9,000 Irish roles have potential to be made 100% remote

Ireland is lagging behind its EU counterparts when it comes to the provision of remote and hybrid working roles, according to new Grow Remote research.

Around 9,000 Irish jobs could be made remote if systemic support was implemented.

New findings ahead of the Grow Remote Summit 2023 found that just 11.5% of all jobs advertised in LinkedIn in Ireland are remote, compared to 70% in Latvia, Estonia and Slovenia respectively.

“We can confidently say that we are only scratching the surface when it comes to the potential for remote work in Ireland”

The Grow Remote Summit on 8 and 9 June will bring together the remote working community, leaders in government, business innovators, and employers to explore the future of work and have a frank and open discussion of what remote working means for employers and employees.

Bravely embrace the hybrid future

The research, which was conducted on LinkedIn during May 2023, found that approximately 46% of Irish jobs advertised on LinkedIn could potentially be remote jobs, a total of 11,500 jobs, with IT, telecommunications and financial services being sectors identified as having the highest potential to provide more remote and hybrid working roles.

“We can confidently say that we are only scratching the surface when it comes to the potential for remote work in Ireland,” said Grow Remote founder and board member Tracy Keogh.

“While the common narrative in the media is that we have reached a ‘steady state’ with remote work, our research shows that we are nowhere near where we could be in terms of unlocking job opportunities from urban areas and making them available to people across the country.

“We can see that there is still huge potential to increase the number of remote jobs available to people across Ireland, leading to increased employment opportunities for people living in rural and regional locations. 

“At an EU level Ireland is lagging behind other countries, particularly those in Eastern Europe, when it comes to the percentage of jobs that are available remotely. This represents a risk for us in terms of attracting inward investment and the best talent,” said Keogh.

The Summit approaches as recent research conducted around remote work in Ireland found that 25% of employees are now working fully remote. Among the benefits cited; 84% believed their productivity increased, 60% felt better able to ‘switch off’ after work and 61% of 25-35 year olds are considering moving to another part of Ireland. 

Keogh pointed out that in the past, people in rural and regional parts of Ireland would be compelled to leave their hometowns and move to cities to find good quality employment or face hours commuting every day. However, with the increase in remote working, this no longer needs to be the case.

Grow Remote says that every remote worker who stays in the local area generates increased economic activity locally, which in turn leads to increased job creation. With many employers now subsidising their employees to work from their local co-working hubs, the opportunity to revitalise Ireland’s towns and villages is huge.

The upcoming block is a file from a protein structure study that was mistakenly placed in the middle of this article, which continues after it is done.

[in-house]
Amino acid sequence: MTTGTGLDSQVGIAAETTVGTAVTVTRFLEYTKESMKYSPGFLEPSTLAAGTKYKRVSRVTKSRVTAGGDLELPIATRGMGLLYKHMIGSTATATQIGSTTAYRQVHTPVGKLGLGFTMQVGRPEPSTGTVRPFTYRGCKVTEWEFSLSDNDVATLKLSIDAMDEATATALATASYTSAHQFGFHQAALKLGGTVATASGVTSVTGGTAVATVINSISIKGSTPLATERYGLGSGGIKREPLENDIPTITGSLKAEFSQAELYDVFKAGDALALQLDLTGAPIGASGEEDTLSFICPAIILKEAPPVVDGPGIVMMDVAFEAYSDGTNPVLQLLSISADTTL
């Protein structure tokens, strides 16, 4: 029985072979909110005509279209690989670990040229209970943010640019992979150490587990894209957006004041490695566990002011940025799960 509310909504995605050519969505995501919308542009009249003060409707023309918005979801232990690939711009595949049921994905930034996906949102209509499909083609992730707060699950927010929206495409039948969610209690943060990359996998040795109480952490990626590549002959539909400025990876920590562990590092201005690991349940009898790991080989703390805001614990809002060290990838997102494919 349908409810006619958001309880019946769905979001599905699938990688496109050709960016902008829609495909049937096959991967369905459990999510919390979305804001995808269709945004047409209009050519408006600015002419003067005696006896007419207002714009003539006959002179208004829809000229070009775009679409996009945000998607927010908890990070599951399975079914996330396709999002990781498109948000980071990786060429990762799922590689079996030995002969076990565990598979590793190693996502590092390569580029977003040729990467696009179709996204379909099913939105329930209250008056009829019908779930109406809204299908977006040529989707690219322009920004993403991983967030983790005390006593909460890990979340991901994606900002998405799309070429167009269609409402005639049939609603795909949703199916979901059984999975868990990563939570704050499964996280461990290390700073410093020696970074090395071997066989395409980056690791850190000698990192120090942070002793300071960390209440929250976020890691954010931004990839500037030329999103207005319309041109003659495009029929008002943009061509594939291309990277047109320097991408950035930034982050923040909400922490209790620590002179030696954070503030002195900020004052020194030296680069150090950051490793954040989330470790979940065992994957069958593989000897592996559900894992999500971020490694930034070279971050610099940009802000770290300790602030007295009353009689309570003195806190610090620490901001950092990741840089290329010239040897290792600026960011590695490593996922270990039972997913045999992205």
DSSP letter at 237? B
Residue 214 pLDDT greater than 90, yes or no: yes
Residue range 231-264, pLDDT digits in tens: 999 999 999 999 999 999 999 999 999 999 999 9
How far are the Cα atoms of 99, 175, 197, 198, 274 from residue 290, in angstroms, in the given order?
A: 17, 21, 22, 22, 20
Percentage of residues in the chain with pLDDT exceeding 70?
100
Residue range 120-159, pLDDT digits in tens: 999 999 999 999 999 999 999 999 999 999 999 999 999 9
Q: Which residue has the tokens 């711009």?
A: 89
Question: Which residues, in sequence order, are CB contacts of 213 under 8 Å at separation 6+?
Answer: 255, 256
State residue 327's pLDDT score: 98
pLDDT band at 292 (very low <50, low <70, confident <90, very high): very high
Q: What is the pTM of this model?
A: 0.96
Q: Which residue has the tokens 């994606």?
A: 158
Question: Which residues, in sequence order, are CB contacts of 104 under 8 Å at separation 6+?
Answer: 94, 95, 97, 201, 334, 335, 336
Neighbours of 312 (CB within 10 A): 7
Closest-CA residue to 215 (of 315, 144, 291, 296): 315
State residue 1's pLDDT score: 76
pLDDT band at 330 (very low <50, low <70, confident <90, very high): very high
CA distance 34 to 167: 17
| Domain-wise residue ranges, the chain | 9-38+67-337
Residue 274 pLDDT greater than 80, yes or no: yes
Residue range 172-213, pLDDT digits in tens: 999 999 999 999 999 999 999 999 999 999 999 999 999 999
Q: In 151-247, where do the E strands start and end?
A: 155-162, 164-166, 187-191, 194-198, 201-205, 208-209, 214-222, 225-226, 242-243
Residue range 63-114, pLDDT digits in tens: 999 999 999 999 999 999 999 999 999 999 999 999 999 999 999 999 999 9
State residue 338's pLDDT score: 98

However, there are challenges preventing remote working opportunities from spreading across the country, which will be tackled head-on at this year’s Summit. Lack of local awareness means that people living regionally are often unaware of international companies that are hiring without location as these companies often don’t advertise roles in regional media.

Supply and an adequate number of remote/hybrid roles being made available in Ireland is also an issue as employers are often hesitant to adopt and embrace a remote working model, often preferring that employees return to the office. 

“Recent research found that 25% of Irish workers are now working on a fully remote basis,” said Grow Remote chair John Riordan.

“The number of companies that require full-time attendance at the office has declined from 49 per cent three months ago to just 42 per cent now, according to new data from Scoop Technologies, demonstrating that remote and hybrid working is here to stay. The Grow Remote Summit 2023 will see Ireland’s brightest business minds gather together to have a frank and open discussion on the benefits and challenges of remote working for Irish employers and employees.

“Remote and hybrid working benefits local economies nationwide as employees are no longer required to relocate to major cities and employees benefit from increased productivity and a superior work-life balance.

“However, we are also aware that there are associated challenges, including general awareness of remote work, finding jobs that provide remote or hybrid options and issues relating to the supply and adequate number of Irish based remote/hybrid roles being made available to workers. We look forward to discussing these challenges and constructing solutions at this year’s summit, taking place in-person in Portlaoise and online,” added Riordan. 

Headline speakers at this year’s Grow Remote Summit include:

  • David McWilliams – Economist and Author
  • Kate Lister – President of Global Workforce Analytics
  • Chris Herd – CEO at Firstbase
  • Siobhán Curtin – Site Director at Ebay (Ireland)
  • John Goulding – CEO at Workvivo
  • Greg Giusti – SVP for Growth at Meetup
  • Shane Evans – CEO at Zyte
  • Laurel Farrer – Head of Workplace at GitLab

Ticket details and the full event schedule for Grow Remote Summit 2023 can be found here

John Kennedy
Award-winning ThinkBusiness.ie editor John Kennedy is one of Ireland's most experienced business and technology journalists.